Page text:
We forget things for a number of short-term reasons: we’re tired; we’re distracted by other thoughts; we’re feeling emotional. But underneath all that, at all ages and in all situations, there is one fundamental reason why we fail to remember something: we didn’t encode it well enough at the time we learned/experienced it. And, yes, that is a strategy failure, and possibly also a reflection of those same factors (tired, distracted, emotional), but again, at bottom there is one fundamental reason: we didn’t realize what we needed to do to ensure we would remember it. This is a failure of self-monitoring, and self-monitoring is a crucial, and under-appreciated, strategy.

I’ve written about self-monitoring as a study skill, but self-monitoring is a far broader strategy than that. It applies to children and to seniors; it applies to remembering names and intentions and facts and experiences and skills. And it has a lot to do with cognitive fluency.

Cognitive fluency is as simple a concept as it sounds: it’s about how easy it is to think about something. We use this ease as a measure of familiarity — if it’s easy, we assume we’ve met it before. The easier it is, the more familiar we assume it is. Things that are familiar are (rule of thumb) assumed to be safe, seen as more attractive, make us feel more confident.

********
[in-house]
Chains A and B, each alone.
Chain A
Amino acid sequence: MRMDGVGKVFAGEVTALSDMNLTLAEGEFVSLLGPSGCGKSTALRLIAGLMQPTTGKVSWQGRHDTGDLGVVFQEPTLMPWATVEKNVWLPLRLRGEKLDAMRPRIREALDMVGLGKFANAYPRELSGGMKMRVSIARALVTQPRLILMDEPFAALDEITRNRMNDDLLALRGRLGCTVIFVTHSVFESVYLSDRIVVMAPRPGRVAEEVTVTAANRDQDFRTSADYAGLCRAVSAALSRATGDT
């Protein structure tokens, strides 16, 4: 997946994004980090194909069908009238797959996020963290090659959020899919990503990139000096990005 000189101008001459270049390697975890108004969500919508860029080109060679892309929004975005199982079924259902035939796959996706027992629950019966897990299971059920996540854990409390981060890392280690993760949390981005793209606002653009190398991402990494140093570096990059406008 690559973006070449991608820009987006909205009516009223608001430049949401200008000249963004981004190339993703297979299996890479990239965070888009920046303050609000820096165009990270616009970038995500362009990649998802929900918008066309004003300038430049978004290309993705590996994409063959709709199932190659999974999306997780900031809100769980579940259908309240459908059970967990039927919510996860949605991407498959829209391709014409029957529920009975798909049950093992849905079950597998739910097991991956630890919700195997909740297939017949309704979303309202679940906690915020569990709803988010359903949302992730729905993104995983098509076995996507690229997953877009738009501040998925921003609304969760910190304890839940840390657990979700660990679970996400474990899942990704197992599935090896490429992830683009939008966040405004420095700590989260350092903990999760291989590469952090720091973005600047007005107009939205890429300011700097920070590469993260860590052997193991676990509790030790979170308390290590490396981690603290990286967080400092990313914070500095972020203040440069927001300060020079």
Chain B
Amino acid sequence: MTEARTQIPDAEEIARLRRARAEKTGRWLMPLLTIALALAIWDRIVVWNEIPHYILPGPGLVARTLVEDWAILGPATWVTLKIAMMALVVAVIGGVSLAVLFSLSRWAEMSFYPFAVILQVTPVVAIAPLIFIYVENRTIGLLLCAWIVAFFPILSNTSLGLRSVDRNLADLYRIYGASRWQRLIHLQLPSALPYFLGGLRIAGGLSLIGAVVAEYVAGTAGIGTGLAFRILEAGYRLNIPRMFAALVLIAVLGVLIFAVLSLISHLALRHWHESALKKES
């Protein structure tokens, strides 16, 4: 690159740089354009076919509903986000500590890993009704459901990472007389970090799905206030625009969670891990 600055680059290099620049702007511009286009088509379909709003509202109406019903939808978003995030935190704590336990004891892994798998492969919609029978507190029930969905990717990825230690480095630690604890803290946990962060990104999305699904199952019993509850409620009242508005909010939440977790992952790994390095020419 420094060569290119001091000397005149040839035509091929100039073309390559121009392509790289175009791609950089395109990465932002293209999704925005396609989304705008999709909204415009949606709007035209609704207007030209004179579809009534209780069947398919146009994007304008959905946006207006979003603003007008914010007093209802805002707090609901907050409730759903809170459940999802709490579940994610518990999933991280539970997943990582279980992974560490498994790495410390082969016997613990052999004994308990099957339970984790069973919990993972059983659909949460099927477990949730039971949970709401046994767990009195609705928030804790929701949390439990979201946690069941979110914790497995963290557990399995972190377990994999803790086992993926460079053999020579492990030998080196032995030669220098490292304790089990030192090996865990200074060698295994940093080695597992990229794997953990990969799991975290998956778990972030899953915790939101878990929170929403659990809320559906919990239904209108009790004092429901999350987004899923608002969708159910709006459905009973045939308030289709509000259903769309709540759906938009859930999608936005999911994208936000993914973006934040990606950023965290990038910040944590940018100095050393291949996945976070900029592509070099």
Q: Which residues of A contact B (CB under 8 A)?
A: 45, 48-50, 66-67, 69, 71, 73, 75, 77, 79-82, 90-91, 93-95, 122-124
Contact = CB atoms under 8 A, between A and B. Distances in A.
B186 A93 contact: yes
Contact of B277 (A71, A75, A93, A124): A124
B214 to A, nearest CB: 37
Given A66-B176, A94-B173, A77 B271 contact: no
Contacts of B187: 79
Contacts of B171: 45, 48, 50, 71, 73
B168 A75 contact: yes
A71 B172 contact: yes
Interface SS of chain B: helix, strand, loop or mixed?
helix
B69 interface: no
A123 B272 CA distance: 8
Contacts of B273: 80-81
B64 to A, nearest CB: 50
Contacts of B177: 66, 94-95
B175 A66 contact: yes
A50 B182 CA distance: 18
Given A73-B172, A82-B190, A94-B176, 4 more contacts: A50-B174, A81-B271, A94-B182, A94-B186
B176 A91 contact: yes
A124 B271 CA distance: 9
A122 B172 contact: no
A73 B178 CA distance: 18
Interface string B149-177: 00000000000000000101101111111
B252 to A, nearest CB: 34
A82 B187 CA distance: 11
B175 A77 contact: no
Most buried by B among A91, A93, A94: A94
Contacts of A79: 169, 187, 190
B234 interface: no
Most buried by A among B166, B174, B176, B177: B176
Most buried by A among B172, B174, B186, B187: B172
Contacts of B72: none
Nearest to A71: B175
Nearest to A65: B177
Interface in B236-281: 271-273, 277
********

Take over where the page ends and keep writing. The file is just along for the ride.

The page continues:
And are assumed to be known — that is, we don’t need to put any effort into encoding this information, because clearly we already know it.

Familiarity is a heuristic (rule of thumb) for several attributes. Fluency is a heuristic for familiarity.

Heuristics are vital — without these, we literally couldn’t function. The world is far too complex a place for us to deal with it without a whole heap of these rules of thumb. But the problem with them is that they are not rules, they are rules of thumb — guidelines, indicators. Meaning that a lot of the time, they’re wrong.

That’s why it’s not enough to unthinkingly rely on fluency as a guide to whether or not you need to make a deliberate effort to encode/learn something.

The secret to getting around the weaknesses of fluency is effective testing.

Notice I said effective.

If you intend to buy some bread on the way home from work, does the fact that you reminded yourself when you got to work constitute an effective test? Not in itself. If you are introduced to someone and you remember their name long enough to use it when you say goodbye, does this constitute an effective test? Again, not in itself. If you’re learning the periodic table and at the end of your study session are able to reel off all the elements in the right order, can you say you have learned this, and move on to something else? Not yet.

Effective testing has three elements: time, context, and feedback.

The feedback component should be self-evident, but apparently is not. It’s no good being tested or testing yourself, if your answer is wrong and you don’t know it! Of course, it’s not always possible to get feedback — and we don’t need feedback if we really are right. But how do we know if we’re right? Again, we use fluency to tell us. If the answer comes easily, we assume it’s correct. Most of the time it will be — but not always. So if you do have some means of checking your answer, you should take it.